Platinum

Written by Kathleen Gagne
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It might surprise a lot of people to discover that platinum was mined and refined as far back as the days of the Egyptian Pharoahs. Thousands of years before Rome's glory days, this mysterious metal was prized by the wealthy for its exceptionally rich beauty. Even before the birth of Christ, South American Indian cultures blended platinum with gold to make various types of jewelry.

When platinum was discovered by conquistadors in 16th century Equador, they thought it was silver that had not "ripened." They called it little silver (platina), and tossed it back into the rivers to age. In 1790, a French goldsmith created platinum jewelry for King Louis XVI. He later declared platinum "the only metal fit for kings," and platinum mania swept through Europe and the Far East.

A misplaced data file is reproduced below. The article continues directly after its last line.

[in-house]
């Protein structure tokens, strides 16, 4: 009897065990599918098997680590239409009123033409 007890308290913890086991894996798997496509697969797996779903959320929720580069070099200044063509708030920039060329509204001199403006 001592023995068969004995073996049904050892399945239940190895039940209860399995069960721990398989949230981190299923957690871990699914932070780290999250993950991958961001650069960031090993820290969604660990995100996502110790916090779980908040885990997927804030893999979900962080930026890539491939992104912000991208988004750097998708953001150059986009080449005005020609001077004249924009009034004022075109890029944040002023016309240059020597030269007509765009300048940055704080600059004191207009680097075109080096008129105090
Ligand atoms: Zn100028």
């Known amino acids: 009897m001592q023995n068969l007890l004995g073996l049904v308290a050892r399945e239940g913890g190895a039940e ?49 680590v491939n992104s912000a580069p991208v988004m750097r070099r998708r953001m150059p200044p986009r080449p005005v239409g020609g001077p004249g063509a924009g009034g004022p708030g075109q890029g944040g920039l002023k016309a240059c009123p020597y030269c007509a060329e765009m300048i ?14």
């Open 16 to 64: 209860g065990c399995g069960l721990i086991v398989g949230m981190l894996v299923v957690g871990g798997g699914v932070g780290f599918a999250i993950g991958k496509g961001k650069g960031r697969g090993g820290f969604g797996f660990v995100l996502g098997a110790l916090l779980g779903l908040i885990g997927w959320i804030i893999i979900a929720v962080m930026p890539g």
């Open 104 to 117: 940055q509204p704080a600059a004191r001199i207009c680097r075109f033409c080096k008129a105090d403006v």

Platinum Facts

Platinum may look lightweight, but it is a very heavy metal. A six-inch cube weighs in at 165 pounds. It takes ten tons of mined ore to produce one troy ounce of platinum. In a year, 118 tons of platinum are produced worldwide, an amount equal to the number of tons of steel produced in the US alone in a single day. Platinum stands up to the passage of time. Its density makes it more resistant to wear than either silver or gold.

Talk about flexible! One gram of platinum can be made into a fine wire more than a mile long. Platinum has more industrial uses than gold and silver combined. Did you know that most automobile catalytic converters in the world are made with platinum? Platinum is also used widely in medicine and industry.


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